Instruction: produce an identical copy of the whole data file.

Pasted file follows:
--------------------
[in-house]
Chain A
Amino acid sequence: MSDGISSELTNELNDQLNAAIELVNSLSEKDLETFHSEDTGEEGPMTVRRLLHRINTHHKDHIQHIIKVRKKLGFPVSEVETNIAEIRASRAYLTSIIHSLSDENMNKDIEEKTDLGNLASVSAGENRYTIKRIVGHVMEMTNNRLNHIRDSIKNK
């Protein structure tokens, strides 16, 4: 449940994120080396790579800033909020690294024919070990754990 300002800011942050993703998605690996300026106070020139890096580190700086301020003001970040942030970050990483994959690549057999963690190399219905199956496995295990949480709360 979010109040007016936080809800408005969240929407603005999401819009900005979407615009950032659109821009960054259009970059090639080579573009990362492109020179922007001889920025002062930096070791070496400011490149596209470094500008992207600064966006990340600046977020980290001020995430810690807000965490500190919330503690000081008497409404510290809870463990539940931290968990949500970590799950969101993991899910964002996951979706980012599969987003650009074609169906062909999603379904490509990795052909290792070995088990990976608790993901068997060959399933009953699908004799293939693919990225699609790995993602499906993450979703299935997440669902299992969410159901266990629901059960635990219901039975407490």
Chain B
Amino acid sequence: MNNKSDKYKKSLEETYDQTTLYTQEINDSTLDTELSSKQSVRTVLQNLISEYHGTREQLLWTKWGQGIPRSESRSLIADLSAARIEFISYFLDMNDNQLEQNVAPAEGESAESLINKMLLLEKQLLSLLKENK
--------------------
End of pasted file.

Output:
[in-house]
Chain A
Amino acid sequence: MSDGISSELTNELNDQLNAAIELVNSLSEKDLETFHSEDTGEEGPMTVRRLLHRINTHHKDHIQHIIKVRKKLGFPVSEVETNIAEIRASRAYLTSIIHSLSDENMNKDIEEKTDLGNLASVSAGENRYTIKRIVGHVMEMTNNRLNHIRDSIKNK
């Protein structure tokens, strides 16, 4: 449940994120080396790579800033909020690294024919070990754990 300002800011942050993703998605690996300026106070020139890096580190700086301020003001970040942030970050990483994959690549057999963690190399219905199956496995295990949480709360 979010109040007016936080809800408005969240929407603005999401819009900005979407615009950032659109821009960054259009970059090639080579573009990362492109020179922007001889920025002062930096070791070496400011490149596209470094500008992207600064966006990340600046977020980290001020995430810690807000965490500190919330503690000081008497409404510290809870463990539940931290968990949500970590799950969101993991899910964002996951979706980012599969987003650009074609169906062909999603379904490509990795052909290792070995088990990976608790993901068997060959399933009953699908004799293939693919990225699609790995993602499906993450979703299935997440669902299992969410159901266990629901059960635990219901039975407490």
Chain B
Amino acid sequence: MNNKSDKYKKSLEETYDQTTLYTQEINDSTLDTELSSKQSVRTVLQNLISEYHGTREQLLWTKWGQGIPRSESRSLIADLSAARIEFISYFLDMNDNQLEQNVAPAEGESAESLINKMLLLEKQLLSLLKENK